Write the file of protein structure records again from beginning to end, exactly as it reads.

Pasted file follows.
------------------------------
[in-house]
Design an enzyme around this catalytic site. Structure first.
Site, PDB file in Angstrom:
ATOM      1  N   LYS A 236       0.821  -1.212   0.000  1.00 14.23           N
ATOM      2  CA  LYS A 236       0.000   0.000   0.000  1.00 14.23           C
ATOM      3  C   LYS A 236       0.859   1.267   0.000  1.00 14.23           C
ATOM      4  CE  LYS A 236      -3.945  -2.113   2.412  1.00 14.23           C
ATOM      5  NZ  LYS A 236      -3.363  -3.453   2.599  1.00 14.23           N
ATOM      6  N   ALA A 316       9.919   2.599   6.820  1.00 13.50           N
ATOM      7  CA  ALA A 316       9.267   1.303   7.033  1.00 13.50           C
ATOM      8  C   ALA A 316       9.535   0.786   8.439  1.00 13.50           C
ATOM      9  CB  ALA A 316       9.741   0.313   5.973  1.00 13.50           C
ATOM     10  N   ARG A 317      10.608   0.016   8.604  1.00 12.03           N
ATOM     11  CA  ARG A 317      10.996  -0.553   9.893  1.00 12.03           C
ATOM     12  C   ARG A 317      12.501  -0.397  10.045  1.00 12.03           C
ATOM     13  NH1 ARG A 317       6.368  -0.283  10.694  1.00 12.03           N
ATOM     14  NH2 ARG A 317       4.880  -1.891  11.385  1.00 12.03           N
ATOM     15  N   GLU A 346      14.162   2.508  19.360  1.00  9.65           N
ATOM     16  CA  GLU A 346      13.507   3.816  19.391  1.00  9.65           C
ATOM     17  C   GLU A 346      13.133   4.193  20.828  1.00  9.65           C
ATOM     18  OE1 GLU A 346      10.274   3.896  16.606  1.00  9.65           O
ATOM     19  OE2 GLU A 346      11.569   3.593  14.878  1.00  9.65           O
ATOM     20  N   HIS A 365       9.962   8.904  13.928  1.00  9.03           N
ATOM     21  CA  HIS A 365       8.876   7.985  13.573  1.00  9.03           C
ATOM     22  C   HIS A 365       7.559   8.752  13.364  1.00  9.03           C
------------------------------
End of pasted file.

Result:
[in-house]
Design an enzyme around this catalytic site. Structure first.
Site, PDB file in Angstrom:
ATOM      1  N   LYS A 236       0.821  -1.212   0.000  1.00 14.23           N
ATOM      2  CA  LYS A 236       0.000   0.000   0.000  1.00 14.23           C
ATOM      3  C   LYS A 236       0.859   1.267   0.000  1.00 14.23           C
ATOM      4  CE  LYS A 236      -3.945  -2.113   2.412  1.00 14.23           C
ATOM      5  NZ  LYS A 236      -3.363  -3.453   2.599  1.00 14.23           N
ATOM      6  N   ALA A 316       9.919   2.599   6.820  1.00 13.50           N
ATOM      7  CA  ALA A 316       9.267   1.303   7.033  1.00 13.50           C
ATOM      8  C   ALA A 316       9.535   0.786   8.439  1.00 13.50           C
ATOM      9  CB  ALA A 316       9.741   0.313   5.973  1.00 13.50           C
ATOM     10  N   ARG A 317      10.608   0.016   8.604  1.00 12.03           N
ATOM     11  CA  ARG A 317      10.996  -0.553   9.893  1.00 12.03           C
ATOM     12  C   ARG A 317      12.501  -0.397  10.045  1.00 12.03           C
ATOM     13  NH1 ARG A 317       6.368  -0.283  10.694  1.00 12.03           N
ATOM     14  NH2 ARG A 317       4.880  -1.891  11.385  1.00 12.03           N
ATOM     15  N   GLU A 346      14.162   2.508  19.360  1.00  9.65           N
ATOM     16  CA  GLU A 346      13.507   3.816  19.391  1.00  9.65           C
ATOM     17  C   GLU A 346      13.133   4.193  20.828  1.00  9.65           C
ATOM     18  OE1 GLU A 346      10.274   3.896  16.606  1.00  9.65           O
ATOM     19  OE2 GLU A 346      11.569   3.593  14.878  1.00  9.65           O
ATOM     20  N   HIS A 365       9.962   8.904  13.928  1.00  9.03           N
ATOM     21  CA  HIS A 365       8.876   7.985  13.573  1.00  9.03           C
ATOM     22  C   HIS A 365       7.559   8.752  13.364  1.00  9.03           C